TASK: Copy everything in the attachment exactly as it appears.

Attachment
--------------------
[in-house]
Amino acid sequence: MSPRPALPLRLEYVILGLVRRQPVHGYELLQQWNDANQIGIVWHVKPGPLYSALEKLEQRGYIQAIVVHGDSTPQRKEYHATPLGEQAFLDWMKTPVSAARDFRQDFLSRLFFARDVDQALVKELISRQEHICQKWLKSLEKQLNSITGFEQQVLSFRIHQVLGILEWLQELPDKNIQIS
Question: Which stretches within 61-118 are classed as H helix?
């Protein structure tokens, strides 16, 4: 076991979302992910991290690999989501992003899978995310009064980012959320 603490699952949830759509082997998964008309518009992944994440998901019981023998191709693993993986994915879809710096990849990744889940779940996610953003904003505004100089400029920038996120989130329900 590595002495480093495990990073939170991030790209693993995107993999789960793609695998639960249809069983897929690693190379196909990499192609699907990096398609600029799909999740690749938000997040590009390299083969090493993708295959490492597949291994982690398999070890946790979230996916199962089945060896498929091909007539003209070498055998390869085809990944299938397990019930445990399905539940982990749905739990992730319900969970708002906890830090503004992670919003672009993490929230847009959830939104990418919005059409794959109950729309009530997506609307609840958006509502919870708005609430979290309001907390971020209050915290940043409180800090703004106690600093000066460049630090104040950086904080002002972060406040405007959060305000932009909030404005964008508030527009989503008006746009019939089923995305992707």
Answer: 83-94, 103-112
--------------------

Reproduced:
[in-house]
Amino acid sequence: MSPRPALPLRLEYVILGLVRRQPVHGYELLQQWNDANQIGIVWHVKPGPLYSALEKLEQRGYIQAIVVHGDSTPQRKEYHATPLGEQAFLDWMKTPVSAARDFRQDFLSRLFFARDVDQALVKELISRQEHICQKWLKSLEKQLNSITGFEQQVLSFRIHQVLGILEWLQELPDKNIQIS
Question: Which stretches within 61-118 are classed as H helix?
């Protein structure tokens, strides 16, 4: 076991979302992910991290690999989501992003899978995310009064980012959320 603490699952949830759509082997998964008309518009992944994440998901019981023998191709693993993986994915879809710096990849990744889940779940996610953003904003505004100089400029920038996120989130329900 590595002495480093495990990073939170991030790209693993995107993999789960793609695998639960249809069983897929690693190379196909990499192609699907990096398609600029799909999740690749938000997040590009390299083969090493993708295959490492597949291994982690398999070890946790979230996916199962089945060896498929091909007539003209070498055998390869085809990944299938397990019930445990399905539940982990749905739990992730319900969970708002906890830090503004992670919003672009993490929230847009959830939104990418919005059409794959109950729309009530997506609307609840958006509502919870708005609430979290309001907390971020209050915290940043409180800090703004106690600093000066460049630090104040950086904080002002972060406040405007959060305000932009909030404005964008508030527009989503008006746009019939089923995305992707």
Answer: 83-94, 103-112